The Tantrum-Thrower: one of the 52 types of difficult people I’ve documented.
Welcome to the 39th blog in the series “52 blogs in 52 weeks with each blog being about one of my 52 types of people who are poorly behaved and at times downright difficult”. This blog is about Type 46: The Tantrum-thrower.
#46: The Tantrum-Thrower.
Have you ever seen a child having a tantrum?
It’s not pretty.
Have you ever seen a child having a tantrum? I mean really really having a tantrum? Well if you have, you’ll know what I mean when I say it’s not pretty. They can yell and scream, throw themselves about, lash out, hit and cry. And worryingly, often all at the same time. it’s like they’re completely out of control – and maybe they are.
It’s hard work watching a child throw a tantrum. And it’s harder trying to deal with it. It can really try our patience and test the limits of our understanding and tolerance.
And if it’s our child and it happens in front of other people, we can feel pretty anxious and maybe a even embarrassed. After all, the eyes of apparently excellent parents are on us. And no doubt they’re thinking all sorts of things about us – especially about our lack of basic competence.
But having said that, I have some sympathy for the children themselves. Seriously, it can’t be much fun for them. It can’t be much fun for them having to deal with the feelings that must surely come later. Nor perhaps dealing with a few other ramifications as well.
Why do they have them?
Children have tantrums (or temper-tantrums if you prefer) for all sorts of reasons. But we can safely sum it up by saying it’s because they’re annoyed, frustrated and upset. And they feel like this because, for example, they’re tired, hungry, overstimulated or can’t get what they want.
But that’s enough about children who have tantrums. So let’s move on to adults who have them.
The adult Tantrum-Thrower.
They throw them when they don’t get their own way
The adult Tantrum-Thrower doesn’t throw tantrums because they’re tired, hungry or overstimulated – or at least I hope they don’t. they throw them for pretty much one reason and one reason only. They throw them because they don’t get their own way.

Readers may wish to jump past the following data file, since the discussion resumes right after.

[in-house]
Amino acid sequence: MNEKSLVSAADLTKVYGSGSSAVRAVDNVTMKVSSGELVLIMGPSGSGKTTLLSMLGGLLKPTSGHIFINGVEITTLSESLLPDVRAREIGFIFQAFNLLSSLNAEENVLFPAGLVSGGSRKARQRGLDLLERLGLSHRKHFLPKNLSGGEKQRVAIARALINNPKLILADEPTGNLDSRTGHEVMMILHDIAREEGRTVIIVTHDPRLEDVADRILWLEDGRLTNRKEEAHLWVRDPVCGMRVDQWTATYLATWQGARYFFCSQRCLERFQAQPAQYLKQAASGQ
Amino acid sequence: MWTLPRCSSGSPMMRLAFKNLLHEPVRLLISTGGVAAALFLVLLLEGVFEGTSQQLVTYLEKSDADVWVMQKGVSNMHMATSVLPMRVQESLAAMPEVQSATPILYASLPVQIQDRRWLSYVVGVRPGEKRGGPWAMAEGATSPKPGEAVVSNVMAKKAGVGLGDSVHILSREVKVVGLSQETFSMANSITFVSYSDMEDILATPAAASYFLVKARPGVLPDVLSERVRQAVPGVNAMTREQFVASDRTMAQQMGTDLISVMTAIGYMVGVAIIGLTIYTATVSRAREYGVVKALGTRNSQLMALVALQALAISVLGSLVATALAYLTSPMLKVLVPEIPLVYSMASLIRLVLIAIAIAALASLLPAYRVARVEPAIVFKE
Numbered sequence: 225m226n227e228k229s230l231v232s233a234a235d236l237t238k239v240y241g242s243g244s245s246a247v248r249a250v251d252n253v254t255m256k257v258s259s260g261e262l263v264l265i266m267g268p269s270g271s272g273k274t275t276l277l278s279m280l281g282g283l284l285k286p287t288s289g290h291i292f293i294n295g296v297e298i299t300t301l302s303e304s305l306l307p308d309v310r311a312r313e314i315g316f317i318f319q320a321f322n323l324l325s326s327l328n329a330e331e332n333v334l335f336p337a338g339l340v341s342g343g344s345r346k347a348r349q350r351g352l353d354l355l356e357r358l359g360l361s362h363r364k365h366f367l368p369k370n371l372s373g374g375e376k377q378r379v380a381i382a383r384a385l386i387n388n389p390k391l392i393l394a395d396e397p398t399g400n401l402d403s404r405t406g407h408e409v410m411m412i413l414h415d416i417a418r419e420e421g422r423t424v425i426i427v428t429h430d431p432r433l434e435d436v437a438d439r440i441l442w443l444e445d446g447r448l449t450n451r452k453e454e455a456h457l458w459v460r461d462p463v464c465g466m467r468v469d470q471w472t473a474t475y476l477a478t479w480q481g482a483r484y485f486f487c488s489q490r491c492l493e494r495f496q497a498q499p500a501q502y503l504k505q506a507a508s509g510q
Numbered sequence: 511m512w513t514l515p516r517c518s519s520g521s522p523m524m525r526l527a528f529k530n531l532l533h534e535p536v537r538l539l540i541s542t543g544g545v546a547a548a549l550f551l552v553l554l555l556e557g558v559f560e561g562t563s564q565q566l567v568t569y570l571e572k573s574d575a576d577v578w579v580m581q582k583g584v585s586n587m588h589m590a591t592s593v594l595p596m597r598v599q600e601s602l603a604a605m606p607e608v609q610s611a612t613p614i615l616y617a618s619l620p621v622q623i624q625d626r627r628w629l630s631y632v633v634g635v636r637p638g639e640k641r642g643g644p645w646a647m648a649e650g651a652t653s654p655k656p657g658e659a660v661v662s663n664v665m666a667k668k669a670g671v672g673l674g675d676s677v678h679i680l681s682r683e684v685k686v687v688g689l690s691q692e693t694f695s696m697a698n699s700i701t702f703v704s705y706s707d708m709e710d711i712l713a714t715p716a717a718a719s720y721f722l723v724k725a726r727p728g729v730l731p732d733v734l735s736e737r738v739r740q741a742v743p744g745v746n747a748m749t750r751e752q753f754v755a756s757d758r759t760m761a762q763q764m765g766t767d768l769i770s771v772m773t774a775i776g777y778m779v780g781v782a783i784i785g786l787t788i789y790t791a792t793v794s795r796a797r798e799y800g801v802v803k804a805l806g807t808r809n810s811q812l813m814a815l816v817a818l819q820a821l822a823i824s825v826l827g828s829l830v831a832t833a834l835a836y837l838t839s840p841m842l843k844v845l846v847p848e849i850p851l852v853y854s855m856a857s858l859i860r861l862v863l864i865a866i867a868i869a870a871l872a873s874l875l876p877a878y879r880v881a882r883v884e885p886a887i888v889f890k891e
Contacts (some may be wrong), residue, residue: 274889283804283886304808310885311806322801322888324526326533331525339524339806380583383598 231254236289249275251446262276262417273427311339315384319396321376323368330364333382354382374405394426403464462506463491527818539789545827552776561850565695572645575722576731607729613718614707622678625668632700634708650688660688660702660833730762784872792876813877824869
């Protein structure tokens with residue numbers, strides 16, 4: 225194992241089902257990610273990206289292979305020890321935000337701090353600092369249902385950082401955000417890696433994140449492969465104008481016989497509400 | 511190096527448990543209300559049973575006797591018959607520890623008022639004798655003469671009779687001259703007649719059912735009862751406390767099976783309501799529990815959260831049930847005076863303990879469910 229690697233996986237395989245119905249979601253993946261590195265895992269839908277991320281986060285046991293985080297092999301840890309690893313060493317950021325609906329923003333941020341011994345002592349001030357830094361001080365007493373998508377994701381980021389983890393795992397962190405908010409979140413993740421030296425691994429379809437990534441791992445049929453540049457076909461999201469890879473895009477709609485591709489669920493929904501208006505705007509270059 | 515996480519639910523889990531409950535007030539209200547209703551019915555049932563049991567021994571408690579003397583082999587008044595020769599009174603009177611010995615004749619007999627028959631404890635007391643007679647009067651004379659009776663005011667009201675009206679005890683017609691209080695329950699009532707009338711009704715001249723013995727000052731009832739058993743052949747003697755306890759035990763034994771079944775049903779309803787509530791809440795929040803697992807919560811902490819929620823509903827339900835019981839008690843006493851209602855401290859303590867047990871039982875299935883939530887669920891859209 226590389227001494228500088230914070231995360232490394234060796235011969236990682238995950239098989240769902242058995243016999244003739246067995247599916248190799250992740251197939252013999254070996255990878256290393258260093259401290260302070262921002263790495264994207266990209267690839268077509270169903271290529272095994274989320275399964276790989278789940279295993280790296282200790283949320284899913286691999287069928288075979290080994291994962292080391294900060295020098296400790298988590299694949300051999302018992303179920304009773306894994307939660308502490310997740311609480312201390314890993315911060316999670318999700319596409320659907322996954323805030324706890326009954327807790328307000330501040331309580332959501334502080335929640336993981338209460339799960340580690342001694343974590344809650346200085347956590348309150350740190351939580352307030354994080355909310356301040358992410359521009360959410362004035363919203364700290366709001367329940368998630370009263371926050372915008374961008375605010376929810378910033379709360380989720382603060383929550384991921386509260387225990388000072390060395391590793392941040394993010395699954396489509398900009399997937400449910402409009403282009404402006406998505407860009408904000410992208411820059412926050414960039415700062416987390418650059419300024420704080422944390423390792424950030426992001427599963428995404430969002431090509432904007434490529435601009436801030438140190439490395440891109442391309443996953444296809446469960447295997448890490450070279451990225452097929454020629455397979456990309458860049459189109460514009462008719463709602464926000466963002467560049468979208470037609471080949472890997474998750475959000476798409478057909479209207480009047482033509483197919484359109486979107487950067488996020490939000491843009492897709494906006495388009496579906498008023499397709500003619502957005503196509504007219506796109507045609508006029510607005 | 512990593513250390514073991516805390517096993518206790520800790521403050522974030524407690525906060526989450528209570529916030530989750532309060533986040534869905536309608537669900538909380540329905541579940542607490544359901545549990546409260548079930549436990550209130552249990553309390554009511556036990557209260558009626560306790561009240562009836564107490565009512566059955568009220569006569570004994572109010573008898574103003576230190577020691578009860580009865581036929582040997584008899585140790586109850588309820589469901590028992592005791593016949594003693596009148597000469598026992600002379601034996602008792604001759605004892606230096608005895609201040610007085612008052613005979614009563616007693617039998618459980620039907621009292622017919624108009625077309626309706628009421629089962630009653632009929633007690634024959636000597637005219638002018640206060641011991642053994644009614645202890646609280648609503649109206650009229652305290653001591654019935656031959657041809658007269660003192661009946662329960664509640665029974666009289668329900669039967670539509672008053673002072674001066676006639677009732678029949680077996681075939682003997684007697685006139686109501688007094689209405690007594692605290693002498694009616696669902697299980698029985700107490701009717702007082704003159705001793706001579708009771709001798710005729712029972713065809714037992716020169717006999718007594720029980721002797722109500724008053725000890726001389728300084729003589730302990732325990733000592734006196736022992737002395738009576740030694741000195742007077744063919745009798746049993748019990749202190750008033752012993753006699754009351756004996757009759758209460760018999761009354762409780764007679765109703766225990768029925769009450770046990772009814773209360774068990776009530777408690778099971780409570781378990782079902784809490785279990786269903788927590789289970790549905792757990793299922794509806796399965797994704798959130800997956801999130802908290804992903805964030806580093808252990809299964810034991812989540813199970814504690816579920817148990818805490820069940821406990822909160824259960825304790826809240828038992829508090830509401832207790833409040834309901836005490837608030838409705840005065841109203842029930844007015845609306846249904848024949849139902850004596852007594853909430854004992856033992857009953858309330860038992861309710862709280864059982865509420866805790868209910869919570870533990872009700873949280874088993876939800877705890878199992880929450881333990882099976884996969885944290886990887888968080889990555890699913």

So, if the Tantrum-Thrower is a member of the public and the ‘customer service agent’ says they can’t have what they want, they’re likely to have a tantrum. If they’re staff member and their submission hasn’t been approved, they didn’t get the project or work allocation they wanted or they didn’t get the promotion they wanted, they’re likely to have a tantrum. And if they’re manager and their staff haven’t done what they wanted them to do, they’re likely to have a tantrum. (Yes, that’s right. It’s not just members of the public and staff who can be Tantrum-Throwers.)
Just like their young counterpart, when an adult Tantrum-Thrower throws a tantrum it’s an explosion – and sometimes a rather spectacular one. They mightn’t throw themselves on the floor and thrash about but nonetheless, they go into a rage. And when they do, watch out! They can yell and scream, throw things about and even kick and punch furniture and walls. And I can say this from firsthand experience, it can be scary.
Most of the time, the tantrum is immediate and ‘in your face’. But there are times when the Tantrum-Thrower hangs on for a bit and explodes a little later. They get some news they don’t like and at first glance they seem to take it well. But then bang! Out of the corner of your eye you see them slamming books down and yelling at the wall. Or perhaps you can’t see actually them, but you can most certainly hear them.
A quick example: Helen and the unhappy customer.
Helen works for a large government organisation and deals with the general public face-to-face everyday. Most of the time, her interactions run pretty smoothly. People come to the counter and report issues, make payments and ask questions and get information.
Anyway, one day Helen had to tell a man he wasn’t able to get what he asked for. He pleaded with her but all she could do was repeat her message: she simply couldn’t do what he wanted.
“At first he seemed to take it okay. But then he screwed up his face and started to bang the counter. He ripped up the document I printed out for him and threw them on the floor. He yelled how the whole world was against him, the organisation was hopeless and the staff were idiots.” (So yes, we don’t just have a Tantrum-Thrower here. We have an Abuser and potentially someone who’s violent as well.)
“He went over to a chair, flopped down, clenched his fists and stomped his feet?”
Helen said it was the most bizarre behaviour she’d seen in her 15 years on the frontline. She’d been threatened. She’d been told to ‘get lost’ a few times. And she’d even been told it was her high wages that were ruining the country. So she’d seen some bad behaviour over the years but the tantrum really took the cake.
As usual there’s a quick video to go with this blog.
Okay, that’s it. Until next time, all the very best.
If you’d like to talk about how to deal with The Tantrum-Thrower, or any of the other types of difficult people I’ve documented, please go to the contact page of my website and let’s have a chat.
Whatever you’re doing, look after yourselves. Look after your family and friends and stay safe. I do hope to chat to you soon.
All the very best and have a fabulous day,